Mississippi’s bridges could cause special session

The current state of Mississippi’s bridges could lead to a special session for lawmakers.

Just a week ago, legislators adjourned and left the Capitol without passing a comprehensive plan to fix the state’s roads and bridges, and if something isn’t done soon, Mississippi could lose federal funding.  Recently, 114 bridges were identified for review by the Federal Government and 72 were ordered to be closed immediately.

Despite the order, many remained open, and that led to Governor Bryant receiving a call from Transportation Secretary Elaine Chao. He stated that during the call, he was told about the failure to close the bridges and that if they remained open, Mississippi would lose out on important funding.

“The secretary told me that if we don’t get those bridges closed; if we don’t stop traffic from going across those bridges, that we could possibly see a termination of federal highway funds. That is not an option,” Governor Bryant insisted.

Governor Bryant said the legislature did put $50 million into a bond package to repair bridges, but that doesn’t go into effect until July 1st, so they must find ways to quickly get the bridges closed. After the bridges are closed, they can turn their attention to a more detailed plan moving forward, and one of the ways that could be done is through a special session.

“We need to look at something that can have an immediate response,” the Governor said. “I told the secretary that we would have a corrective action plan within two weeks to her office to prevent any termination of federal dollars to the state for these federal highway programs. So, I am working with the leadership of the House and Senate to make sure that we have a suitable solution for this problem.”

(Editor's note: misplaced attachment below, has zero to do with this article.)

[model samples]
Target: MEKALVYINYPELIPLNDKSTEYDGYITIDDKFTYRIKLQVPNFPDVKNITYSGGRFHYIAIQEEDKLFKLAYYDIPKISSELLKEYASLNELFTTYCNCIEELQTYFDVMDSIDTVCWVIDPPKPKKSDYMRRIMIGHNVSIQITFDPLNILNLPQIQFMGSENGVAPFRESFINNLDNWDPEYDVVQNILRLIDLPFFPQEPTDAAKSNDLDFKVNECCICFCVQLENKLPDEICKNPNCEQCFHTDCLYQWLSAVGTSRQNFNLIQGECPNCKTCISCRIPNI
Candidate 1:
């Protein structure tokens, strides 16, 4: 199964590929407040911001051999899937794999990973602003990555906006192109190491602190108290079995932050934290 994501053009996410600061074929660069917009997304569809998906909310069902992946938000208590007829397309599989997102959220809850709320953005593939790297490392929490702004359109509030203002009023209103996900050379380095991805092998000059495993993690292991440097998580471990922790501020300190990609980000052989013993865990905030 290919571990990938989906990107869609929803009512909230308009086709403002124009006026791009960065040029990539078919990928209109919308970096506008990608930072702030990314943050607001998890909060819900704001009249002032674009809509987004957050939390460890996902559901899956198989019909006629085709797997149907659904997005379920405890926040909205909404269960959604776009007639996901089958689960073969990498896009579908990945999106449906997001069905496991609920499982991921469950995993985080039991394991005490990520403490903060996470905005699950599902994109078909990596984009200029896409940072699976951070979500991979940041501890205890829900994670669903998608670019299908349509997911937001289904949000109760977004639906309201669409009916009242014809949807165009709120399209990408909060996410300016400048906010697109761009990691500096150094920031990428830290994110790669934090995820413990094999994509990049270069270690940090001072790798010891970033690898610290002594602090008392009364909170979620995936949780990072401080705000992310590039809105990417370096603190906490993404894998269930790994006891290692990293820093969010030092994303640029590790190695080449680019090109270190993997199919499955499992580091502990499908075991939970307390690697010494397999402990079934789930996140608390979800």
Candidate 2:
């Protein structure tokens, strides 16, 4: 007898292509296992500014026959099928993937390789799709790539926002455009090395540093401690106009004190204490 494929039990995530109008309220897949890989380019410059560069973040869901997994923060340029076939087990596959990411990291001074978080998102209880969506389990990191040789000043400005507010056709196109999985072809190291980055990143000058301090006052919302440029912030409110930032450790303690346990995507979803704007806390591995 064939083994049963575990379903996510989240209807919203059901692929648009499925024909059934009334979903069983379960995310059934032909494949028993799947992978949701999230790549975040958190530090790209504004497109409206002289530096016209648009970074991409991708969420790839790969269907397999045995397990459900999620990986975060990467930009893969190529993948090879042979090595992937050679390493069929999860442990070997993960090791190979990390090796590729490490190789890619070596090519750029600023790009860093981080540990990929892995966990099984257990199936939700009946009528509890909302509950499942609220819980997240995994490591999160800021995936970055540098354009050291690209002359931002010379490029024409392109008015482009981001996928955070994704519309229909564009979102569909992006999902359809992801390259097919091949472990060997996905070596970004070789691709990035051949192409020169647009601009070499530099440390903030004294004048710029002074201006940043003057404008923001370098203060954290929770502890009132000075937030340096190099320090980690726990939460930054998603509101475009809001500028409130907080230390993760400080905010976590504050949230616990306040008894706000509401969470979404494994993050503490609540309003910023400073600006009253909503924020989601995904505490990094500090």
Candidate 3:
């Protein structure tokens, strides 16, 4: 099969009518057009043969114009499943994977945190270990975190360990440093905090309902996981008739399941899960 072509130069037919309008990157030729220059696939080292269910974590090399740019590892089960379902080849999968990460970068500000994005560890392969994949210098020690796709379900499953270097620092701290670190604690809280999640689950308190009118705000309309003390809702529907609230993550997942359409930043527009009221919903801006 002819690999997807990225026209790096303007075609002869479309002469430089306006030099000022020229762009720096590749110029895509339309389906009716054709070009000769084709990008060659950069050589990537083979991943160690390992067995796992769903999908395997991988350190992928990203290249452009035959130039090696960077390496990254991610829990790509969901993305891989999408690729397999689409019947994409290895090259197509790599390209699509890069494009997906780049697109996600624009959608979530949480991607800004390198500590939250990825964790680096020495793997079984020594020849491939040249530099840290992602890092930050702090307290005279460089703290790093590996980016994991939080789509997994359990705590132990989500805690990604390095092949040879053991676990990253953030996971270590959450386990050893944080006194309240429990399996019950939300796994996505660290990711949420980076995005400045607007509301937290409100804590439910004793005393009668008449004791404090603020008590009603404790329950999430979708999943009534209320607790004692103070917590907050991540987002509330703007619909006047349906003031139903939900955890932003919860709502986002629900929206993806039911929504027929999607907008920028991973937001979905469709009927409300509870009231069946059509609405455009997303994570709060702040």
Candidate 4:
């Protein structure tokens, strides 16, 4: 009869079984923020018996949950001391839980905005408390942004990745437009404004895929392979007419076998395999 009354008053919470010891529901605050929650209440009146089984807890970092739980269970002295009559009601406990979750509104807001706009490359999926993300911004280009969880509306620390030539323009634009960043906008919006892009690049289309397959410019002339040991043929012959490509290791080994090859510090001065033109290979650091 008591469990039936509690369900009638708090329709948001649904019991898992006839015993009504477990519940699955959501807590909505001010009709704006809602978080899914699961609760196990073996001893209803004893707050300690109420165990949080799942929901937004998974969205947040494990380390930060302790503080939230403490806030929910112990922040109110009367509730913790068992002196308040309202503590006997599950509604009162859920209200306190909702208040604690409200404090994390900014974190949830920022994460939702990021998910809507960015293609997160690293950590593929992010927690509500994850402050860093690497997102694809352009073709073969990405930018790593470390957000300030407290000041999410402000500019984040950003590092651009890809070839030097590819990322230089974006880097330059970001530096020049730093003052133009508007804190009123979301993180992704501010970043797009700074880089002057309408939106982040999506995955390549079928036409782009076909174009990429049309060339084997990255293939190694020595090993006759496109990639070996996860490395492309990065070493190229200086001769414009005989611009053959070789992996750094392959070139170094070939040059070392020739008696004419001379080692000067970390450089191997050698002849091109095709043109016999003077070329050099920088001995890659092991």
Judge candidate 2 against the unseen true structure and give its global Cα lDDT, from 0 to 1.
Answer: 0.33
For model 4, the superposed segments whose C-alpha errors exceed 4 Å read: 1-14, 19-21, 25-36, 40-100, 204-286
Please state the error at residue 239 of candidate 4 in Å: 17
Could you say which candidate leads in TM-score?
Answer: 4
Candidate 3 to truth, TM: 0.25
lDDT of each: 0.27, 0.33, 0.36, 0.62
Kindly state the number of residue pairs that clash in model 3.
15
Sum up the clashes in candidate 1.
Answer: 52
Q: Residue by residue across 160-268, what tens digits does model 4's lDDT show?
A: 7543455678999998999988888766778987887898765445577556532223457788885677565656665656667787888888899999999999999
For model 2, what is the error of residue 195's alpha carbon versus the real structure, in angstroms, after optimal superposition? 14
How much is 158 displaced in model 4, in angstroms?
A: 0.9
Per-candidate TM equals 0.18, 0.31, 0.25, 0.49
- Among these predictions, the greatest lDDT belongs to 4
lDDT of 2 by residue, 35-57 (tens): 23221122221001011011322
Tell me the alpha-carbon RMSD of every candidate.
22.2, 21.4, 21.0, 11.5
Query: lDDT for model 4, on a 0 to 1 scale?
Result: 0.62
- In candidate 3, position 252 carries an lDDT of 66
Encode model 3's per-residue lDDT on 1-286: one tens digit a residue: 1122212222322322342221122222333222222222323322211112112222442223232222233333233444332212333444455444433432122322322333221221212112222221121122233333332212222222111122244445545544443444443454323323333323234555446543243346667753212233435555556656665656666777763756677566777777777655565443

During the 2018 session, both the House and Senate proposed their own plan for Mississippi’s infrastructure, but the two sides were unable to come to terms during negotiations. Lt. Governor Tate Reeves’ BRIDGE act promised $1 billion of infrastructure spending, but the bill died after Speaker of the House Philip Gunn said that the bill did not create “real dollars” for the state. In the meantime, the Governor says that the safety of Mississippi motorists must be factored in.

“I will be looking at my authority as Governor to order those bridges closed and take what action I have to; working with MDOT to close them before someone loses their life. Then, we’ll have to find a solution about how we go about repairing and replacing these bridges,” Governor Bryant said.

Bridges at the county level are overseen by Office of State Aid Road Construction. Assistant State Aid Engineer with the department, Lanny Glover says that it’s up to the individual counties to close the bridges, but he hopes that now they will see how important it is to follow the instruction of the federal government.

“The pressure is on, and the pressure is going up. We hope that they will comply,” Glover expressed. “Some of them are trying to replace their bridges themselves on the county level, but that doesn’t help us today to comply with the requirements.”

Glover closed by stating that the only fix for the roads is more money and more resources.